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 Brownells Move To Portsmouth

Two years after arriving in America and making their home in Braintree, MA, Thomas and Anne Brownell sold their house and land there and, with their one-year-old daughter, Mary, moved again. This time they chose the recently settled town of Portsmouth, Rhode Island.

Portsmouth had been established in 1638 by supporters of Anne Hutchinson who had been banished from Boston after being found guilty of heresy and excommunicated from the Boston Church. With the help of Roger Williams the Island of Aquidneck was purchased from the Indians and a settlement was established at an area called Pocasset. The name was changed to Portsmouth the following year. (The founding of Rhode Island and Portsmouth will be covered in more detail in a later article.

It was among these "heretics" that Thomas and Anne chose to make their permanent home in America. While there are no records which state that the Brownells moved to Portsmouth in 1640, the record of the sale of their house in Braintree in 1640 would make that a logical conclusion. Furthermore, the remaining eight of their nine children are said to have been born in Portsmouth although, as in Braintree, there are no records to substantiate this.

The first written record of Thomas Brownell in Portsmouth is in 1647 when he was a witness to the will of his neighbor, John Walker, on 18 March 1647 O.S.[1] Through this will and from depositions taken in 1721 for a court case involving Walker's land, the location of the Brownell farm has been determined. It was on the western side of the northwestern end of Rhode Island. (The island, formerly known as Aquidneck Island, which is now Newport County and on which both Portsmouth and Newport are located is officially known as Rhode Island.) The farm, comprised of forty acres, extended down to the water and looked out on Narragansett Bay.[2] There is still today a road named "Brownell Lane" at this location.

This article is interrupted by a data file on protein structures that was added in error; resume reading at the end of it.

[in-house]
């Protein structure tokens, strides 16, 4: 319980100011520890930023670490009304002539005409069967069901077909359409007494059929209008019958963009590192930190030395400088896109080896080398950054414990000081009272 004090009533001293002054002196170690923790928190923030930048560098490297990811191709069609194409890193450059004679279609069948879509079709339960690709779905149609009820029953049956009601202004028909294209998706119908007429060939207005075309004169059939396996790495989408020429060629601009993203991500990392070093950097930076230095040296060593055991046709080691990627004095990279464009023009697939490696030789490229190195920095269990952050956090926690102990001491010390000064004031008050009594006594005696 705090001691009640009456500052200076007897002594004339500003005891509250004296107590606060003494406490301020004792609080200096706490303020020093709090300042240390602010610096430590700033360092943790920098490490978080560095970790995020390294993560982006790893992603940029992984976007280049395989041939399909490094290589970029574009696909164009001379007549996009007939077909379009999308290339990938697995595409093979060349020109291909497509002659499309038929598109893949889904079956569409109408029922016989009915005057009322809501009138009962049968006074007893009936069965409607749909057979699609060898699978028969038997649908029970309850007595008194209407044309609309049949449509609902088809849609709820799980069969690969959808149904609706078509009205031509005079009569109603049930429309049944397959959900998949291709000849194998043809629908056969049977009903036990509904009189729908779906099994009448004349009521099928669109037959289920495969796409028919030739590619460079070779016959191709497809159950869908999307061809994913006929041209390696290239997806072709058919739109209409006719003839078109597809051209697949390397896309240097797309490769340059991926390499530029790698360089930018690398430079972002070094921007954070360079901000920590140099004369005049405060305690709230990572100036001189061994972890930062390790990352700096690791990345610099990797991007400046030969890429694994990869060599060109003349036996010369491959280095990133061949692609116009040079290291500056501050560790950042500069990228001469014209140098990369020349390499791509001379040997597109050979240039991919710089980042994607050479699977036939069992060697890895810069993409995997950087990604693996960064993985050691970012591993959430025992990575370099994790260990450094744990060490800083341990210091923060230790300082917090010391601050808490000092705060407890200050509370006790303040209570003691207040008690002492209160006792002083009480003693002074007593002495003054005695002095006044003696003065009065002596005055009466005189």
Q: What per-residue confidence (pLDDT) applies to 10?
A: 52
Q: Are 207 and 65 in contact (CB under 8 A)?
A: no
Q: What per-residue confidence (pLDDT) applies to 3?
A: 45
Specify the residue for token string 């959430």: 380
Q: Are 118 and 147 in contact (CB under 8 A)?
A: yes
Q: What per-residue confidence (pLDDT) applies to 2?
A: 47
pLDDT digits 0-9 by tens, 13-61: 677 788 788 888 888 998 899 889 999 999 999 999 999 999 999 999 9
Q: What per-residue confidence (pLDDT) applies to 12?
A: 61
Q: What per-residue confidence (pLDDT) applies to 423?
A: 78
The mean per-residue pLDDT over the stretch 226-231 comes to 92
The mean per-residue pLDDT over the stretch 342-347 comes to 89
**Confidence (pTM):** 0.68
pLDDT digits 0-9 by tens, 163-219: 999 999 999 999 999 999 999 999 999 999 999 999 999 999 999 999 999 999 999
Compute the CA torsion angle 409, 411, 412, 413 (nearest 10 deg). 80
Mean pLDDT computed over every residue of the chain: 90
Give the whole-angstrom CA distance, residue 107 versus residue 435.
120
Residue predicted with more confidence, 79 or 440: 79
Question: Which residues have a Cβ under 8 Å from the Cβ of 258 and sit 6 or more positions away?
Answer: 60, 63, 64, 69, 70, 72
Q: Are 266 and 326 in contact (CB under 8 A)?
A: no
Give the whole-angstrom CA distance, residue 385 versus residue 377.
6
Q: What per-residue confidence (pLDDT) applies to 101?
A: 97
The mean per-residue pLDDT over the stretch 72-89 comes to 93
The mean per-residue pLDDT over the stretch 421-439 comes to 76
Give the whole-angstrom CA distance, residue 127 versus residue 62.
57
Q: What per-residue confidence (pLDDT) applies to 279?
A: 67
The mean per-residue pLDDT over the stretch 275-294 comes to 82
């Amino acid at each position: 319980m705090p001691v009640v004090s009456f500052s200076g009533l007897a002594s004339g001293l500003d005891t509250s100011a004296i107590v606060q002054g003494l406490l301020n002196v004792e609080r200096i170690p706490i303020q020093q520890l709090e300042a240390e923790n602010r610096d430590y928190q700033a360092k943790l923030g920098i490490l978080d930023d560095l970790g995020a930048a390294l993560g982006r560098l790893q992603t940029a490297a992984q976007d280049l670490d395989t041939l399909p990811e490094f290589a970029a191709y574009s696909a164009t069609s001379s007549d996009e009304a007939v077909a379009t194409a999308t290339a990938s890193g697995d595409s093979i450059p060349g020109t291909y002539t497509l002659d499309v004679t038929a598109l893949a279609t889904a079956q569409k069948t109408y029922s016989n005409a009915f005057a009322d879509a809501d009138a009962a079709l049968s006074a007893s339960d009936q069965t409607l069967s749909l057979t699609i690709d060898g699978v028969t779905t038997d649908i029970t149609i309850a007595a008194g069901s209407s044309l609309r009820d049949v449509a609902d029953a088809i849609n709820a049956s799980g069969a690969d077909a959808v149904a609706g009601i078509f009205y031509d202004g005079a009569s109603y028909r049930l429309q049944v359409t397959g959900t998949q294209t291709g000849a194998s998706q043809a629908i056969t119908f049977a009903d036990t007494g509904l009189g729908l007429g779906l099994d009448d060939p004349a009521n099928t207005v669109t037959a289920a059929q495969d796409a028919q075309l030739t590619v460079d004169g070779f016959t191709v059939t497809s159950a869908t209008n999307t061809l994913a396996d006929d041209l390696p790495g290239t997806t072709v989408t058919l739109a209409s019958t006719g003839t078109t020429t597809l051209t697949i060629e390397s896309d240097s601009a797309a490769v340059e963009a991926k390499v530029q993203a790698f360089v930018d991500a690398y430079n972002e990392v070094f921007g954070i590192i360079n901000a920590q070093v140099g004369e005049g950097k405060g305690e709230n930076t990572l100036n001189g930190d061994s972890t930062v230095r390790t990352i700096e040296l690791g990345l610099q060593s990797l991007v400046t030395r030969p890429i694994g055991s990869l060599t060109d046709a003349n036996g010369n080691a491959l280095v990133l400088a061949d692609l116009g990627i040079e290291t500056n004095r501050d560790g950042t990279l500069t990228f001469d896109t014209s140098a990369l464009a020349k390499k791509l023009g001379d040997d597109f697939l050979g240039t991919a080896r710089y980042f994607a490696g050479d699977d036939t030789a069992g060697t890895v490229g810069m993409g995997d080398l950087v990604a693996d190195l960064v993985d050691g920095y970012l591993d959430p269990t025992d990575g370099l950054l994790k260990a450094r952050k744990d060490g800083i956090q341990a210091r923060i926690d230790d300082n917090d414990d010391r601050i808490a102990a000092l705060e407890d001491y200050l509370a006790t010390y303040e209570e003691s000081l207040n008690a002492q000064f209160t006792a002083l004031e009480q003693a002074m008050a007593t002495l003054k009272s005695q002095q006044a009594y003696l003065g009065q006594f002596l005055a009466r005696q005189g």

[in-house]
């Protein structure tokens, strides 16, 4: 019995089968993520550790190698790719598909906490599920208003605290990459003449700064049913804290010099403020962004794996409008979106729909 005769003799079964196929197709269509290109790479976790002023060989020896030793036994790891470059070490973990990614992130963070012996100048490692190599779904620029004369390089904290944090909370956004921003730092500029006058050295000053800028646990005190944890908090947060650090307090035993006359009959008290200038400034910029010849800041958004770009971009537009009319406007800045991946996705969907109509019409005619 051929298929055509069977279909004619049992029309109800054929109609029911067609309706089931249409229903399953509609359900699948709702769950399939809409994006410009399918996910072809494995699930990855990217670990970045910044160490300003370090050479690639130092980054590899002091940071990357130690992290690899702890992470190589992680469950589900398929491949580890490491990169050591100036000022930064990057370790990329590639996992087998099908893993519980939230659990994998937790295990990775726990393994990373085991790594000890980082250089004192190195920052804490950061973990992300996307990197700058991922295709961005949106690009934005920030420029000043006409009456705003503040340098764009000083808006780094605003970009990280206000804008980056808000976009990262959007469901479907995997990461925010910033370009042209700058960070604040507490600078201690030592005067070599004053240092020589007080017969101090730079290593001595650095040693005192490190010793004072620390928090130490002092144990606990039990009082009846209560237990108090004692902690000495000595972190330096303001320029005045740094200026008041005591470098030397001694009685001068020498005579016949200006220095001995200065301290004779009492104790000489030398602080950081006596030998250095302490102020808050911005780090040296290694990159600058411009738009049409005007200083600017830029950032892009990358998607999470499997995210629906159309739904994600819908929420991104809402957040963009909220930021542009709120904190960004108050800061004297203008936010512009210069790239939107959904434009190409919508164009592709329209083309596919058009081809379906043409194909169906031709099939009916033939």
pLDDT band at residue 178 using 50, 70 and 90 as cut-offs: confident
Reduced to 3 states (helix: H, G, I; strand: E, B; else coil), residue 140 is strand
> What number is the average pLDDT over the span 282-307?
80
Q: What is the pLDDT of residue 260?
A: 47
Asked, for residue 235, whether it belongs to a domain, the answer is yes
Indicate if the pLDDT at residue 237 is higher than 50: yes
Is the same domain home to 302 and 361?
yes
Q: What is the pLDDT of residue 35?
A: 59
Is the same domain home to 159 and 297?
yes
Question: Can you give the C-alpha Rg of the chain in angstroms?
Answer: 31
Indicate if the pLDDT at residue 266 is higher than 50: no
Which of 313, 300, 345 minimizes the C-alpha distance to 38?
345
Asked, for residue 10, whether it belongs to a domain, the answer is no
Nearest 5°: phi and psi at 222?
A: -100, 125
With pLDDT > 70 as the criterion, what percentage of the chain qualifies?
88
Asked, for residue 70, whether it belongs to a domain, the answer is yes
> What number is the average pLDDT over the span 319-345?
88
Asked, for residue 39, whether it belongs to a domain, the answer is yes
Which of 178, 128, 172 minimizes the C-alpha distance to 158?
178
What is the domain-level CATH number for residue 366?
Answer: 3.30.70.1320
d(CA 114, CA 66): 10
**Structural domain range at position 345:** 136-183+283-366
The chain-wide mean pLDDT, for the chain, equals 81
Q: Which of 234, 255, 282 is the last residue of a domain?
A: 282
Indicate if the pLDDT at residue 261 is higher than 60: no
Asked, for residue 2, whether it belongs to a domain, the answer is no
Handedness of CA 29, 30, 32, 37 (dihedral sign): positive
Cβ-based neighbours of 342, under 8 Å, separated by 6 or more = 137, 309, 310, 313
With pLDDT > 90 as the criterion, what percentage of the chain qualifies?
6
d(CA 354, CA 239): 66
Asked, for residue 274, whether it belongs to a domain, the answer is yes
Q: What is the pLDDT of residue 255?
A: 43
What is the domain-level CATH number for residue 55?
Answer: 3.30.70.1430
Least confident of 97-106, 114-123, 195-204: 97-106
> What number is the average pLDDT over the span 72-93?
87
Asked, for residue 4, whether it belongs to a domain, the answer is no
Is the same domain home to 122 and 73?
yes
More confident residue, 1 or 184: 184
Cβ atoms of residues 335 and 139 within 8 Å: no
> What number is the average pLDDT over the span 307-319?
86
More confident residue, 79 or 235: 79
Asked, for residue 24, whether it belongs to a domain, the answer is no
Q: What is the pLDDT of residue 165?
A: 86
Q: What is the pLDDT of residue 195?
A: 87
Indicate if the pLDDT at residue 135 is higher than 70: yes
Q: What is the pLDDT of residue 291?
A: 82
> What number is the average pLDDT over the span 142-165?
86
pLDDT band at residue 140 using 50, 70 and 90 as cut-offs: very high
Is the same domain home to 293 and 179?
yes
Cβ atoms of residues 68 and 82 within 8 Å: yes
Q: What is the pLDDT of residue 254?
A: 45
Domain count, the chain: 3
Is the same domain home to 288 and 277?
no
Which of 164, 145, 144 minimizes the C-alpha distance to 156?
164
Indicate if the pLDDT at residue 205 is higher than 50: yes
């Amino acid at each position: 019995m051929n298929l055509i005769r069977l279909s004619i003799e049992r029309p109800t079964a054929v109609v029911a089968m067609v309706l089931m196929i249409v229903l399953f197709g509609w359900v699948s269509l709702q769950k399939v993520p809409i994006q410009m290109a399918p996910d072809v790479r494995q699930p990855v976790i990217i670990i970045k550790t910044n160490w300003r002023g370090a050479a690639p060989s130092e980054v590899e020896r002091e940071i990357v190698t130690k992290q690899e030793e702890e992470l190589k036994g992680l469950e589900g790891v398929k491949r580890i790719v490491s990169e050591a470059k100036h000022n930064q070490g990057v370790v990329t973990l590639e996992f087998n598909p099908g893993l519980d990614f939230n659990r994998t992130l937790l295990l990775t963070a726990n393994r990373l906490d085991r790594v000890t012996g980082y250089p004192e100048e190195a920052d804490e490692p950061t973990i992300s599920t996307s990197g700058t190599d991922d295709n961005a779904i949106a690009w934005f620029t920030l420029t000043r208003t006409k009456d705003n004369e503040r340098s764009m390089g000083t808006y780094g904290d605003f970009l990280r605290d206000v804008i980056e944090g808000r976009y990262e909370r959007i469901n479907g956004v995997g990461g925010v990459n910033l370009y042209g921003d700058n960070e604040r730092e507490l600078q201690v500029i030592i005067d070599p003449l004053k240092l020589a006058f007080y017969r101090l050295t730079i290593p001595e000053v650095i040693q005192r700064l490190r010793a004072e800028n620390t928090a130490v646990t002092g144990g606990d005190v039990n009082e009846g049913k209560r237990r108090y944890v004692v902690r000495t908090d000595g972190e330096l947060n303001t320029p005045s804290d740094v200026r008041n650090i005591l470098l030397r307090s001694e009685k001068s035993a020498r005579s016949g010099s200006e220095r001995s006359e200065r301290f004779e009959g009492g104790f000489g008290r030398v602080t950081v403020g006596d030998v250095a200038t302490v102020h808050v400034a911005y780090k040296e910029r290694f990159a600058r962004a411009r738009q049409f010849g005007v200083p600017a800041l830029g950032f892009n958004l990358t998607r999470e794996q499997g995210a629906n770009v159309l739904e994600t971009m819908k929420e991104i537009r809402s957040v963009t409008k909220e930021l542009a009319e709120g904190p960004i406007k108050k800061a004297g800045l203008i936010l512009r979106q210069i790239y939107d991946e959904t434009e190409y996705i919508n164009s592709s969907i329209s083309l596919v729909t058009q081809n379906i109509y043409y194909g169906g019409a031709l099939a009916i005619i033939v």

Thomas Brownell held a number of public offices for the town of Portsmouth. This was not unusual-because of the large number of offices to be filled and the limited number of Freemen to fill those offices, many were elected to one office or another almost every year. Finding someone who would accept an office was often difficult. Portsmouth, as well as other towns in Rhode Island, imposed fines not only on those Freemen who didn't attend town meetings, but also on those who refused to accept the office to which they were elected.

On 10 July 1648 Thomas was chosen at the town meeting for the post of "water bailey," a position which gave him jurisdiction over fisheries and other maritime matters.
[3] He was often chosen to serve on various juries, as were most of the Freemen of Portsmouth.

Thomas is said to have been made a Freeman of Portsmouth in 1655,[4] but it is more likely that his name appeared on a list of Freemen for that year.[5] He had probably been a Freeman since shortly after moving to Portsmouth and at the latest by 1648. It is unlikely that he would have been elected to an office such as water bailey had he not been a Freeman, i.e. able to vote and to participate in the local government. Church membership was not a prerequisite for being a Freeman in Portsmouth as it had been in Braintree.

Thomas was chosen on 5 May 1655 to be of six Commissioners to represent Portsmouth at the General Court in Providence.[6] The General Court served as a kind of legislative body for the colony, which at that time consisted of the towns of Portsmouth, Newport, Providence and Warwick. The location of the Court's meetings alternated among the four towns.